Albert Patenaude

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I was four years old in 1953 when I came down with sniffles and cold-like symptoms. The foll

Two months later I was introduced to a young physiotherapist who worked with me five days a week for one year. With strength training and increased range of motion, new neuron sprouts developed and activated – I was walking again, and my feet were growing so my shoes had to be adjusted 

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every six months. The Polio virus had taken its toll, particularly on my upper body as scoliosis developed. I had no resistance on one side as the strong half of my body pulled on the weaker side causing my spine to rotate on itself – my hips went right and the rest of my body went left.owing morning I couldn’t walk – my legs totally paralyzed. I was diagnosed with poliomyelitis, but because I had no respiratory issues, I was not admitted to hospital. This didn’t stop me from having fun - I just rolled off the couch, laughing, crawling and rolling around on the floor.

Between the ages of six and ten, I had a series of spinal fusions to straighten my spine and align my hips, allowing me to walk straighter. Despite all the trauma to my young body, and although limited, I still enjoyed an active childhood, but extended times in the hospital caused me to be held back in my school work.

As a young adult, I went on to pursue work in the television industry where I worked for 25 years. Around 1998, at the time this career was ending, my condition was deteriorating. It was then that I was diagnosed with Post-Polio Syndrome; my breathing became heavier and my legs were a lot weaker resulting in the use of one cane then increasing to two canes.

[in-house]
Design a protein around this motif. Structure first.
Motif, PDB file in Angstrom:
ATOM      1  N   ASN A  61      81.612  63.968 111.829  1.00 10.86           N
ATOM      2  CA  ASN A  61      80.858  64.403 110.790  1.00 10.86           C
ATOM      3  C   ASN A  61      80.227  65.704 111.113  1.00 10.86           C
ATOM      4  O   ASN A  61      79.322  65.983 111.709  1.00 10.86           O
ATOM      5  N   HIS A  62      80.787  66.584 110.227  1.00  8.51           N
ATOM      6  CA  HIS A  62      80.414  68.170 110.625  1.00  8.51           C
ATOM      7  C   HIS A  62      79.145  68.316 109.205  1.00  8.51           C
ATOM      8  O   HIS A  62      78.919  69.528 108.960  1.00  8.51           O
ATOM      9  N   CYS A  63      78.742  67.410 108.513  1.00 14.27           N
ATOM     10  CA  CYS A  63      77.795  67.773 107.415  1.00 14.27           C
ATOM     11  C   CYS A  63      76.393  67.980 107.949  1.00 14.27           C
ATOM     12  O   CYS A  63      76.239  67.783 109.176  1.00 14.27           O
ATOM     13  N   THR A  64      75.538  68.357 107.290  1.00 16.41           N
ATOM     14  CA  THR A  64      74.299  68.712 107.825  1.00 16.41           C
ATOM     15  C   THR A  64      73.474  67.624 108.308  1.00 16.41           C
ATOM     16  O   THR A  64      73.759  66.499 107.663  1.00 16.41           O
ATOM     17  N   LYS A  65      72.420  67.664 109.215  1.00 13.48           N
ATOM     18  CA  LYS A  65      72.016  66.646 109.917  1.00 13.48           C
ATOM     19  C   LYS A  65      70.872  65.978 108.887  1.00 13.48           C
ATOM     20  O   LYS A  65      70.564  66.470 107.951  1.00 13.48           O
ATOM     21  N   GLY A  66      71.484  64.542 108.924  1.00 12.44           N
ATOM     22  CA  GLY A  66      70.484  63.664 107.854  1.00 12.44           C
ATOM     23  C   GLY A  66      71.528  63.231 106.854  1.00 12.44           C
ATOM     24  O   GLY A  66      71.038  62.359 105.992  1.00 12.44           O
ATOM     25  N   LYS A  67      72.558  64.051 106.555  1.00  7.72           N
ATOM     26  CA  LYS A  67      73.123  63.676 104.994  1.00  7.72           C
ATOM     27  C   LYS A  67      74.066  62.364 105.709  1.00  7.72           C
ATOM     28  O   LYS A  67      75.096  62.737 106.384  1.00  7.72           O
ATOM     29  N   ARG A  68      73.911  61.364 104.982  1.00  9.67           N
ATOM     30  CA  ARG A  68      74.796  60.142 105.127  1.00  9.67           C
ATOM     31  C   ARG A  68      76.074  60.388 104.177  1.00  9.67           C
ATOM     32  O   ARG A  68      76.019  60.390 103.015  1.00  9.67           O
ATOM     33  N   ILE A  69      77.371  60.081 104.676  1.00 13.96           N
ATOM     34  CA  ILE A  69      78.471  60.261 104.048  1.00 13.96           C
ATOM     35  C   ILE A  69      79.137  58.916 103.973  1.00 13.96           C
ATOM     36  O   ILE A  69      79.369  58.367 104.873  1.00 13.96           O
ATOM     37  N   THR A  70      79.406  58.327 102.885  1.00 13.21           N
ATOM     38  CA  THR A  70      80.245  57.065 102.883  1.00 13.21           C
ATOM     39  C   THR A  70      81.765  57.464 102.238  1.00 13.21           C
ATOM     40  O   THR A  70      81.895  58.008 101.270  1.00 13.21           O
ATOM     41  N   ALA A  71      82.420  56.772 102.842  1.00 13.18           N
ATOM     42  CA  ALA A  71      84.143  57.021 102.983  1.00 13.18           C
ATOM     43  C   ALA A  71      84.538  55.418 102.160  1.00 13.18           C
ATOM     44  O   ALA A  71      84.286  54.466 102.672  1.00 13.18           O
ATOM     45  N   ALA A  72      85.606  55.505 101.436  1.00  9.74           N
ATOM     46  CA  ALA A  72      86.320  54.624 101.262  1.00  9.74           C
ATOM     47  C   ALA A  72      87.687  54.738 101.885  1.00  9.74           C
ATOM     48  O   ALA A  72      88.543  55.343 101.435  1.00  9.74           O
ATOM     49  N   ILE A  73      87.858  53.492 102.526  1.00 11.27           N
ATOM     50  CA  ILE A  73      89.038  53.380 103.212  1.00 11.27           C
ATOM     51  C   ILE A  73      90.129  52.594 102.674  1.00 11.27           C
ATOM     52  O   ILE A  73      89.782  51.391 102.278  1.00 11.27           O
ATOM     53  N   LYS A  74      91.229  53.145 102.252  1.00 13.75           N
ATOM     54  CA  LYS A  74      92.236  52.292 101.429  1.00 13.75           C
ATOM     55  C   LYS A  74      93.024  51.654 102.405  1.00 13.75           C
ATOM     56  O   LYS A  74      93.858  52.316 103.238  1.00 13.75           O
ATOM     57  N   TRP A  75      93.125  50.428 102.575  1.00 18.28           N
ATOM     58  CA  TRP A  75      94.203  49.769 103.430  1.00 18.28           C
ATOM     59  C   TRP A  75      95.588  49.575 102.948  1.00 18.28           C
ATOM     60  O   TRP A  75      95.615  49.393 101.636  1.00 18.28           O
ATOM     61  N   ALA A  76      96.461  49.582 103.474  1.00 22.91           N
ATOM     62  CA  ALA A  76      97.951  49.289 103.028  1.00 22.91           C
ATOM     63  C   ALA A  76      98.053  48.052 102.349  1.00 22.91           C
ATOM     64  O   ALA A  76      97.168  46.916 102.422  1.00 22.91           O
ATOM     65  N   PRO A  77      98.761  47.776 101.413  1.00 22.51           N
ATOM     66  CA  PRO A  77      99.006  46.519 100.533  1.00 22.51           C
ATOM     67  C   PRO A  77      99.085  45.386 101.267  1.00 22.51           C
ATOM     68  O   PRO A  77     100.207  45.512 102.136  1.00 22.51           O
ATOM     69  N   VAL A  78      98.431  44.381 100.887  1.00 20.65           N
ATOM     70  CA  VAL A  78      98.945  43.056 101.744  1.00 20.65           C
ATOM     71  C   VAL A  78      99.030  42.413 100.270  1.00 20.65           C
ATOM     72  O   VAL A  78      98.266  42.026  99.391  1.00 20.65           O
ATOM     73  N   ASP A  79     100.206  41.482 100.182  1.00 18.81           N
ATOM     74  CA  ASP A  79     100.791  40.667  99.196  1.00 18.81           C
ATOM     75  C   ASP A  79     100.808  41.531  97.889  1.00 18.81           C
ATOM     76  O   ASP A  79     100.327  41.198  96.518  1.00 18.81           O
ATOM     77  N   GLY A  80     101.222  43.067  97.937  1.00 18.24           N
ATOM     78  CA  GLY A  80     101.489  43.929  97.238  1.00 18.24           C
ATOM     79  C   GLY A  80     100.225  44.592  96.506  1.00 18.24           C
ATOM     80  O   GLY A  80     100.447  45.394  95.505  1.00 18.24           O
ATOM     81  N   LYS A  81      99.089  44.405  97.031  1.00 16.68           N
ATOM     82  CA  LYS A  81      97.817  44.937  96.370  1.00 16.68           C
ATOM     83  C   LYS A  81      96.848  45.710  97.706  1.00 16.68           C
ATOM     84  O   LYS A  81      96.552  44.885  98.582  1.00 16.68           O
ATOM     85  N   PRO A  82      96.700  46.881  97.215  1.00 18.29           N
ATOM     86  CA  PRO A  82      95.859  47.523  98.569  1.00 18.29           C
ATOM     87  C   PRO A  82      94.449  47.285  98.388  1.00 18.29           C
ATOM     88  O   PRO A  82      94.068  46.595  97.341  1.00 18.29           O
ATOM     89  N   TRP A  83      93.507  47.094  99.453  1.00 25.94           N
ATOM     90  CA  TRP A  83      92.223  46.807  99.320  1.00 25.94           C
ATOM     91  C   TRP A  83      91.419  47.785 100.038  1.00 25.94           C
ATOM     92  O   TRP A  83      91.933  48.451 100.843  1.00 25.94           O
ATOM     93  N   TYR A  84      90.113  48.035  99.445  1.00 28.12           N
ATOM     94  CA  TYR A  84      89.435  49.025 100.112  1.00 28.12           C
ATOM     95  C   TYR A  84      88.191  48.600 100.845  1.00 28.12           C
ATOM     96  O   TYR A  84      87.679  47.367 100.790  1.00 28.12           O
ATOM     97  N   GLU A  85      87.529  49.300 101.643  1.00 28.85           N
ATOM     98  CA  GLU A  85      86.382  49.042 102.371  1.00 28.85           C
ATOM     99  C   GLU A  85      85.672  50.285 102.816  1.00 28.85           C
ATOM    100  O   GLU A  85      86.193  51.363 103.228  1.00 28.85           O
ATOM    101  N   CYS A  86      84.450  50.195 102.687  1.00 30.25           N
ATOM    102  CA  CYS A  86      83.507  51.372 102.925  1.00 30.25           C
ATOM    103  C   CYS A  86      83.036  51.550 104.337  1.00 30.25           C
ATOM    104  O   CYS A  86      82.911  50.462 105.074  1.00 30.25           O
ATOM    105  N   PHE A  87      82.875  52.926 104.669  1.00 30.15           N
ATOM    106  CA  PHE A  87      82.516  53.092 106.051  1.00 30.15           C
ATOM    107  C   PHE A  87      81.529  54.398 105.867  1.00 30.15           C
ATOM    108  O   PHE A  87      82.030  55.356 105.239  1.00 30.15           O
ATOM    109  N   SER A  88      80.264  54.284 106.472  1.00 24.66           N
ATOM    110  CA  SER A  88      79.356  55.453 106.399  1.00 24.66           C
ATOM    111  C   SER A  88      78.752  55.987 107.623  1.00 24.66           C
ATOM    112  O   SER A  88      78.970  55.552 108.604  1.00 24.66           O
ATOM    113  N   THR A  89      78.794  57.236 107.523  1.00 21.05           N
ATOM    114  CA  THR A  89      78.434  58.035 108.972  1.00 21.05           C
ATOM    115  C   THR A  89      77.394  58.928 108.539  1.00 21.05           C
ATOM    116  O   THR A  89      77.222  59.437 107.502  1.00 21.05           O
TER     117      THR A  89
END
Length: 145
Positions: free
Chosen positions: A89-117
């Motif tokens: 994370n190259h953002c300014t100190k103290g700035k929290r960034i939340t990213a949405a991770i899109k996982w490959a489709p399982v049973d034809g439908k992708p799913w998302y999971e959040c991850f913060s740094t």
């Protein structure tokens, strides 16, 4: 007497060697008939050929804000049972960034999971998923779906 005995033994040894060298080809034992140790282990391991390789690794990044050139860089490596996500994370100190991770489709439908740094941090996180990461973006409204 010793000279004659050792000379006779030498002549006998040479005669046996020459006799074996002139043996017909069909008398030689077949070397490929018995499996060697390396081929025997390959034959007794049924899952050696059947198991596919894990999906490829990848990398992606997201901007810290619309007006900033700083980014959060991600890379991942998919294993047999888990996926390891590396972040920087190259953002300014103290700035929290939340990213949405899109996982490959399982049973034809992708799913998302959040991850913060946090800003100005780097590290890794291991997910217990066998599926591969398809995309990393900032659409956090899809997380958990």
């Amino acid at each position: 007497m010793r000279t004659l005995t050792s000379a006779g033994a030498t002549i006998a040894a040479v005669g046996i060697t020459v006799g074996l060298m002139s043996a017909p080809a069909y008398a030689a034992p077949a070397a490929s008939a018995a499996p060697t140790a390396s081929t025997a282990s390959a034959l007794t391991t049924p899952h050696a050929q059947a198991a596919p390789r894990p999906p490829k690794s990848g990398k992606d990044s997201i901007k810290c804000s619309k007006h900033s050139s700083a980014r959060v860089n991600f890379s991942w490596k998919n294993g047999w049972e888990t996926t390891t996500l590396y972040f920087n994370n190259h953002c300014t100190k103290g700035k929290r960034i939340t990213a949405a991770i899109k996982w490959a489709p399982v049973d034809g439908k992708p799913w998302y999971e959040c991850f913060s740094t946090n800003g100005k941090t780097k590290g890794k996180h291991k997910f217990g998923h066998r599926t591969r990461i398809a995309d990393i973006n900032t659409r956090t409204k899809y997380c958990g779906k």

Not one to be idle, I had to do something meaningful, so I successfully studied and became a massage therapist. Two years into this new career, my symptoms progressed at an accelerated rate which finally forced me into early retirement.

I developed alarming bouts of disorientation and experienced hallucinations as my oxygen level decreased and my carbon dioxide level increased. One lung was compressed and one was expanded; my breathing was shallow and sleep very spasmodic. I was admitted to hospital where I was diagnosed with Hypercapnia - an increased amount of carbon dioxide, the waste product of respiration, in the blood. I lost consciousness, slipped into a coma that that quickly became life-threatening, and was rushed to the ICU ward where I was intubated on straight oxygen therapy. After my hospital stay I was sent home with a bi-pap machine and oxygen that I used for the better part of a year to restore my breathing, and balance the carbon dioxide in my blood.

I still have very challenging times with weakness in my respiratory system, my legs and back, and still require those precious daytime naps. “Overall, I don’t know what I would do without the loving support of my wife, Joan. Together, we enjoy our floral and veggie gardens – waiting with great anticipation to get our hands back in the soil.

(Albert’s gardening story can be read in the November 2013 issue of our newsletter which can be found on our web site.)

Albert has been an active member of the Post-Polio Network MB Inc. since the late 90's, having served as Program Coordinator for eight of those years. Albert also worked closely with past-president, David Turner, along with several other members and University of Winnipeg history students who went out interviewing Polio survivors. The stories were sent to, and are still available to read at the Manitoba Archives Building. (April 2015)